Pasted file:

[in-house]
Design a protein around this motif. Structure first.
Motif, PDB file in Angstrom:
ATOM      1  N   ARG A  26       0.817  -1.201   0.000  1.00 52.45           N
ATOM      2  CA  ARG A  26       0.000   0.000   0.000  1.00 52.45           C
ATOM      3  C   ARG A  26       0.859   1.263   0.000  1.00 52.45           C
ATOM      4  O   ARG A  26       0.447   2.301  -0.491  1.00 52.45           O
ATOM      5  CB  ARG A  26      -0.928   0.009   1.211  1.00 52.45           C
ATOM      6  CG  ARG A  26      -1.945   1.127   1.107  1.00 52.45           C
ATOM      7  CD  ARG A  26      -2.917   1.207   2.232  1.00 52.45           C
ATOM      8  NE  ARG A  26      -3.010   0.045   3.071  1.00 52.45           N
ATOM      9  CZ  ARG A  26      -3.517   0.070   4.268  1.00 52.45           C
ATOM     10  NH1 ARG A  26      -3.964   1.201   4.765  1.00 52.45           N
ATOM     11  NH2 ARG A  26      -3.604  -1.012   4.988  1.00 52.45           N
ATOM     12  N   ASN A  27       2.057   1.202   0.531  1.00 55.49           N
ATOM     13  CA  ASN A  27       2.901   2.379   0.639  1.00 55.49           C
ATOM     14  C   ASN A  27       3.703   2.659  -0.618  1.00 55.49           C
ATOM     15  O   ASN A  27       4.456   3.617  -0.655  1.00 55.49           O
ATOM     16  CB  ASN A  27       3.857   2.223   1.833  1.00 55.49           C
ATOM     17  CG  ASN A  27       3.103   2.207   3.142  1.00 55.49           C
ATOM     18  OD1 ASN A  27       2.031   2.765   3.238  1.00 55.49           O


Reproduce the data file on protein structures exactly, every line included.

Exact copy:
[in-house]
Design a protein around this motif. Structure first.
Motif, PDB file in Angstrom:
ATOM      1  N   ARG A  26       0.817  -1.201   0.000  1.00 52.45           N
ATOM      2  CA  ARG A  26       0.000   0.000   0.000  1.00 52.45           C
ATOM      3  C   ARG A  26       0.859   1.263   0.000  1.00 52.45           C
ATOM      4  O   ARG A  26       0.447   2.301  -0.491  1.00 52.45           O
ATOM      5  CB  ARG A  26      -0.928   0.009   1.211  1.00 52.45           C
ATOM      6  CG  ARG A  26      -1.945   1.127   1.107  1.00 52.45           C
ATOM      7  CD  ARG A  26      -2.917   1.207   2.232  1.00 52.45           C
ATOM      8  NE  ARG A  26      -3.010   0.045   3.071  1.00 52.45           N
ATOM      9  CZ  ARG A  26      -3.517   0.070   4.268  1.00 52.45           C
ATOM     10  NH1 ARG A  26      -3.964   1.201   4.765  1.00 52.45           N
ATOM     11  NH2 ARG A  26      -3.604  -1.012   4.988  1.00 52.45           N
ATOM     12  N   ASN A  27       2.057   1.202   0.531  1.00 55.49           N
ATOM     13  CA  ASN A  27       2.901   2.379   0.639  1.00 55.49           C
ATOM     14  C   ASN A  27       3.703   2.659  -0.618  1.00 55.49           C
ATOM     15  O   ASN A  27       4.456   3.617  -0.655  1.00 55.49           O
ATOM     16  CB  ASN A  27       3.857   2.223   1.833  1.00 55.49           C
ATOM     17  CG  ASN A  27       3.103   2.207   3.142  1.00 55.49           C
ATOM     18  OD1 ASN A  27       2.031   2.765   3.238  1.00 55.49           O